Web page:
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Employment and Earnings: A Case Study of Urban Detroit


  • Lisa Saunders



This paper investigates the roles of manufacturing employment, neighborhood poverty, and family structure in determining wages among Detroit, MI workers, just prior to the current economic crisis. Employment in manufacturing has been crucial for blacks and whites: 39% of black and of white men in the Detroit metropolitan area worked in manufacturing in 2000. Regression analysis in this paper estimates employment in manufacturing raised wages 15.8% for all workers in the metropolitan area, 24.4% for blacks and 13.8% for whites. It finds a higher wage penalty (4.7%) for blacks in non-manufacturing industries than is found when manufacturing sector jobs are included (2.6%). Wage returns to education were greater in the non-manufacturing employment sector, especially for blacks. Residence in the poorest central city neighborhoods reduced wages significantly for white manufacturing and non-manufacturing workers. Its coefficient was insignificant for black workers. Gender and marital status effects on wages differed between blacks and whites in magnitude: White women suffered a larger penalty for their sex than black women (22.6 versus 9.6%) yet black men enjoyed a greater return to marriage than white men (27.5 versus 25.0%). Controlling for manufacturing reduced the gender wage gap and the returns to marriage for men. These findings suggest greater accessibility for women; and lower returns to marriage in non-manufacturing sectors. Among employed blacks access to manufacturing jobs has been their main source of decent wages. The adverse effects of the industry’s job loss in the 1980s and 1990s impacted all Detroit residents. Other high wage industries have employed relatively few blacks, have not paid them well; and have suffered job loss and slow growth over the period. Education could have raised wages for non-manufacturing workers, but not as much as access to manufacturing jobs. Today as in 2000, Detroit’s residents desperately need job creation or relocation to the central city; and job training and anti-discrimination policy enforcement throughout the metro-area. All of these would be necessary to offset job loss and reduce inequality and poverty in Detroit. The extent to which blacks will benefit from 2010–11 improvements in manufacturing employment in Detroit depends upon whether private companies and the state provide equal access to the jobs and the training new technologies require. Copyright Springer Science + Business Media, LLC 2012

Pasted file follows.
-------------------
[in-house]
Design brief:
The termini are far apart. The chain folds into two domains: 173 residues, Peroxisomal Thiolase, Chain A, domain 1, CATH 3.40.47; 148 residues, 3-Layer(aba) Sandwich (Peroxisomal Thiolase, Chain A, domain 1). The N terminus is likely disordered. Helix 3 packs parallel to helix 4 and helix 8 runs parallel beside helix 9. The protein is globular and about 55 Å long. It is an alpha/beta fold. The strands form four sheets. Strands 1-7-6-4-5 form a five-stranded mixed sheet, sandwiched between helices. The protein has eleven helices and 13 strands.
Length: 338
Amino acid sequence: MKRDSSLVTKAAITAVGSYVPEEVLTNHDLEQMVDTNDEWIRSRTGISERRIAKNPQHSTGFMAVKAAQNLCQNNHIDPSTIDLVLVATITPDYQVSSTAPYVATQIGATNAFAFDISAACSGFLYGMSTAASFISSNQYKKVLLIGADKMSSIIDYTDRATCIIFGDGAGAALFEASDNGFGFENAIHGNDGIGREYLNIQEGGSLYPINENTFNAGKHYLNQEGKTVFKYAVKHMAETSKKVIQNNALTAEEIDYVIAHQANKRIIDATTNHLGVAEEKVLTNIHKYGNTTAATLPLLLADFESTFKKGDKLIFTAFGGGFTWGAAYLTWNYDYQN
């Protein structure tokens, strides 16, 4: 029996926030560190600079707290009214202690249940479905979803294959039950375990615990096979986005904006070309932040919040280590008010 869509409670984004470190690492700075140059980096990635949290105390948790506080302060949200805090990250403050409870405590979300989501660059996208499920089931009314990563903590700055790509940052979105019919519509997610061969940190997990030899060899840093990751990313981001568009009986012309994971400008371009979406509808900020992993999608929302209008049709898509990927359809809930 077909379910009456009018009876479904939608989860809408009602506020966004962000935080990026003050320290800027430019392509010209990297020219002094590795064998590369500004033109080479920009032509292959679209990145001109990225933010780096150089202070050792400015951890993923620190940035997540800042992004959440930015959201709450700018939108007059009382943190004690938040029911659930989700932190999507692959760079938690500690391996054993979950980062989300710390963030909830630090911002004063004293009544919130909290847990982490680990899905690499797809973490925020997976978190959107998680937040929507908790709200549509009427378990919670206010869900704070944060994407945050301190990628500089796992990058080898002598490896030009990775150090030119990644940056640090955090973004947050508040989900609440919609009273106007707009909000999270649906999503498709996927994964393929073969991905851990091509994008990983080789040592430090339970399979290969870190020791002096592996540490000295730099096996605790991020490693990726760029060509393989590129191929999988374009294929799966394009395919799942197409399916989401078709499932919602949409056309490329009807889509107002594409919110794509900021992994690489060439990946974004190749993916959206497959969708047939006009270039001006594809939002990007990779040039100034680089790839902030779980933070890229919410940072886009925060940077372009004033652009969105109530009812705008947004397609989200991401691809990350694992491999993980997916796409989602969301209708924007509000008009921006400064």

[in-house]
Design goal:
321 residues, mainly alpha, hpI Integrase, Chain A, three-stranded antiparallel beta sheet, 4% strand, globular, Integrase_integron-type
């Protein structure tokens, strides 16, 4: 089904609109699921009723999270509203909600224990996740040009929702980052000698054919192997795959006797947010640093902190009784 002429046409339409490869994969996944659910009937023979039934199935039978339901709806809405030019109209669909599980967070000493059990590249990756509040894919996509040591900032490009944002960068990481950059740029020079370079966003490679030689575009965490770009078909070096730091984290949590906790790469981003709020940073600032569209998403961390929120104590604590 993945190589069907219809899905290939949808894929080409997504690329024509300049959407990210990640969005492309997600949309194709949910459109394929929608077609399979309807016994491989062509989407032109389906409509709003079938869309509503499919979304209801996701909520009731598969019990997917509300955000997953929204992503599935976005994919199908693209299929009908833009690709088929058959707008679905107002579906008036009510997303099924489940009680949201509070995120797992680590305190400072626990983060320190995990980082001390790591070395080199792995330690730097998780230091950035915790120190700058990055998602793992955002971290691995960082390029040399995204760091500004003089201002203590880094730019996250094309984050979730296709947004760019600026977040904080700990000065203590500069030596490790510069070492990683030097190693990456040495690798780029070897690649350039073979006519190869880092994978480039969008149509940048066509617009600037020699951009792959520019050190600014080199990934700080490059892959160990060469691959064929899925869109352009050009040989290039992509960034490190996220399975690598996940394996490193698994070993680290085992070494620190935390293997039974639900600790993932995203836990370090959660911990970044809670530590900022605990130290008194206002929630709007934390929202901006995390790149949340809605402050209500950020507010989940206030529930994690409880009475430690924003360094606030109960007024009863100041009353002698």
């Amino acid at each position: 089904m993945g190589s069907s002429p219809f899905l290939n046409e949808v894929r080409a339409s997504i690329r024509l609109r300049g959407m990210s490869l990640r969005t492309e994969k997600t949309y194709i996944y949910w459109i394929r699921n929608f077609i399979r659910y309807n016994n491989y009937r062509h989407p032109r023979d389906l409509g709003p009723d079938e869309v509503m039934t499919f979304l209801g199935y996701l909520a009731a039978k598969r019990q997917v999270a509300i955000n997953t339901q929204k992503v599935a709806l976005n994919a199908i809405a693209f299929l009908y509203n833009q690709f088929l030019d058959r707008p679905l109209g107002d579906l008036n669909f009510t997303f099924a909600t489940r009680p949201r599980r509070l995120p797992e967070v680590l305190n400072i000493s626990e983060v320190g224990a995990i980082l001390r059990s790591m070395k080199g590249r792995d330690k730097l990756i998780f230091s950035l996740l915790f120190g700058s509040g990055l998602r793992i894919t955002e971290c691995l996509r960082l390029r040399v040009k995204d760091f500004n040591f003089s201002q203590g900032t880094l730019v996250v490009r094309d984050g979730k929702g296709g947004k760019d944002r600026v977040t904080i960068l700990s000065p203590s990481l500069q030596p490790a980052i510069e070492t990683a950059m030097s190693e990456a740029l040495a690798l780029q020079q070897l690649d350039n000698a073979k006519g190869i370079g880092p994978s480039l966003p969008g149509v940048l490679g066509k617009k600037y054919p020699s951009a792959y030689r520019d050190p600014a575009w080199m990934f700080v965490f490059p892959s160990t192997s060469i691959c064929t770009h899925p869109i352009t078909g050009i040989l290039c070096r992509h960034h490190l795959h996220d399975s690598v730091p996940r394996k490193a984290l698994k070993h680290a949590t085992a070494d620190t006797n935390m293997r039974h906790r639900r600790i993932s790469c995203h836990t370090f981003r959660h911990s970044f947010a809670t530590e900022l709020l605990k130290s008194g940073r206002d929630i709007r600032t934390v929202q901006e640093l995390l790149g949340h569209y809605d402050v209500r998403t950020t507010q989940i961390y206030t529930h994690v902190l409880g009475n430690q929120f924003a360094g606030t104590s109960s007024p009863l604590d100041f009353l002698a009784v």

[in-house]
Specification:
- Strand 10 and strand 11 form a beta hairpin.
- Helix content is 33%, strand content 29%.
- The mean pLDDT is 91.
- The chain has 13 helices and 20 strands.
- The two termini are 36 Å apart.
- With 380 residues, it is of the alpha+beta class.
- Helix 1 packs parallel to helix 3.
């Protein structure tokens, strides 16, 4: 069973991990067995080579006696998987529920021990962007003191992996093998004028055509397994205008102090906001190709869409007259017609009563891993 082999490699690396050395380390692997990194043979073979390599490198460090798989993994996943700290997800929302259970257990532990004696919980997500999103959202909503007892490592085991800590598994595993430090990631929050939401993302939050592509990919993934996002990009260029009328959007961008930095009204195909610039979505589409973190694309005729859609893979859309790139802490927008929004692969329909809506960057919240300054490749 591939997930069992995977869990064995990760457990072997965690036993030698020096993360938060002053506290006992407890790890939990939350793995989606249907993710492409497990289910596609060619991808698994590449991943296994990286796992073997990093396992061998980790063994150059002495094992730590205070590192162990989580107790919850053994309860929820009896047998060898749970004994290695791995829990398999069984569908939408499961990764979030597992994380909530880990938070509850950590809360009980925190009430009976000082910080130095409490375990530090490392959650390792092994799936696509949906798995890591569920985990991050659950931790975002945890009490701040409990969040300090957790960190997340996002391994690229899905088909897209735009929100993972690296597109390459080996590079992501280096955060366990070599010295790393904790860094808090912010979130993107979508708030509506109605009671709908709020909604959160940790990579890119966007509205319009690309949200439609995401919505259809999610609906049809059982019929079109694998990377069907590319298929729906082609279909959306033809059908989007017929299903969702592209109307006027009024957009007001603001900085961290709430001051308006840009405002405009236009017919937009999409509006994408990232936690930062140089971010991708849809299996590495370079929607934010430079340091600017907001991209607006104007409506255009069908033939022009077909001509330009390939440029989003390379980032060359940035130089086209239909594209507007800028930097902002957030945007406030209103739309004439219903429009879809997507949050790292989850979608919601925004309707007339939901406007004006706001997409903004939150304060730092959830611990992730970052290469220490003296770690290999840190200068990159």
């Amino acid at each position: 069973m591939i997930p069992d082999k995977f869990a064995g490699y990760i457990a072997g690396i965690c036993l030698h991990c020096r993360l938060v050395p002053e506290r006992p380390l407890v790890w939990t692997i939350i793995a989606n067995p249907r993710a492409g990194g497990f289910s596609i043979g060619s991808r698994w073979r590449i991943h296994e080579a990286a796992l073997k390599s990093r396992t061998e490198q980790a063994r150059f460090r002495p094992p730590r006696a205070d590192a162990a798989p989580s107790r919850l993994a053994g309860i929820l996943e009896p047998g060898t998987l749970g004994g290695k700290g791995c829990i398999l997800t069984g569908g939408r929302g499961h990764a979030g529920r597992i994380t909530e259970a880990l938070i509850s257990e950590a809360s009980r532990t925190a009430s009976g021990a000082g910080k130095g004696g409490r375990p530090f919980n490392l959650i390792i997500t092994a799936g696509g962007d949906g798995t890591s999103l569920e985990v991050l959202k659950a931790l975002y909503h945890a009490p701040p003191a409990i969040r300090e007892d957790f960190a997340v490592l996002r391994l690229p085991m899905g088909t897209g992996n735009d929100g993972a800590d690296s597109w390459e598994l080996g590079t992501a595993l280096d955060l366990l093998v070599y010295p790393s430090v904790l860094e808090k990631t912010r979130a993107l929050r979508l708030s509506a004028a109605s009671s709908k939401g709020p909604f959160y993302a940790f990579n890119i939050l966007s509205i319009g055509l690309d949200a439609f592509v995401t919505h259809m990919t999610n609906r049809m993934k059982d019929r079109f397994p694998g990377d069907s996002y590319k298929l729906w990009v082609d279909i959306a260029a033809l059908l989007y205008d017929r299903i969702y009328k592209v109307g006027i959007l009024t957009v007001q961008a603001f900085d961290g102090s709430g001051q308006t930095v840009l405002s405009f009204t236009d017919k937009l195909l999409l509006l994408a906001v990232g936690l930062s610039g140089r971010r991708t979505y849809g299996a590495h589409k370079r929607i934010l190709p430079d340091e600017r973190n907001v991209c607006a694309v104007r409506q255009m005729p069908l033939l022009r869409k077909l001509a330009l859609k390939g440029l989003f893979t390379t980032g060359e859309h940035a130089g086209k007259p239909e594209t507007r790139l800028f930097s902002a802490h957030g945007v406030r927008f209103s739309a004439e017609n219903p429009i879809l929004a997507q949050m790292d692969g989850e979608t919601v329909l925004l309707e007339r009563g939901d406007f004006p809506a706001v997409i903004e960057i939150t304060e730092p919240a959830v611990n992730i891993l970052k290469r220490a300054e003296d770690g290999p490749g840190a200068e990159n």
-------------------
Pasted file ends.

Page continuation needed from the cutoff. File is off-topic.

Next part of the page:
Suggested Citation

  • Lisa Saunders, 2012. "Employment and Earnings: A Case Study of Urban Detroit," The Review of Black Political Economy, Springer;National Economic Association, vol. 39(1), pages 107-119, March.
  • Handle: RePEc:spr:blkpoe:v:39:y:2012:i:1:p:107-119
    DOI: 10.1007/s12114-011-9128-9

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    References listed on IDEAS

    1. Steven Raphael & Michael A. Stoll, 2000. "Can Boosting Minority Car-Ownership Rates Narrow Inter-Racial Employment Gaps," JCPR Working Papers 200, Northwestern University/University of Chicago Joint Center for Poverty Research.
    2. Raphael, Steven, 1998. "The Spatial Mismatch Hypothesis and Black Youth Joblessness: Evidence from the San Francisco Bay Area," Journal of Urban Economics, Elsevier, vol. 43(1), pages 79-111, January.
    3. Samuel L. Myers & Chanjin Chung & Lisa Saunders, 2001. "Racial Differences in Transportation Access to Employment in Chicago and Los Angeles, 1980 and 1990," American Economic Review, American Economic Association, vol. 91(2), pages 174-177, May.
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    Cited by:

    1. repec:ssi:jouesi:v:1:y:2013:i:1:p:55-66 is not listed on IDEAS
    2. Gitana Dudzevičiūtė, 2013. "Lithuanian manufacturing trends in the context of developed and developing countries," Post-Print hal-01694317, HAL.


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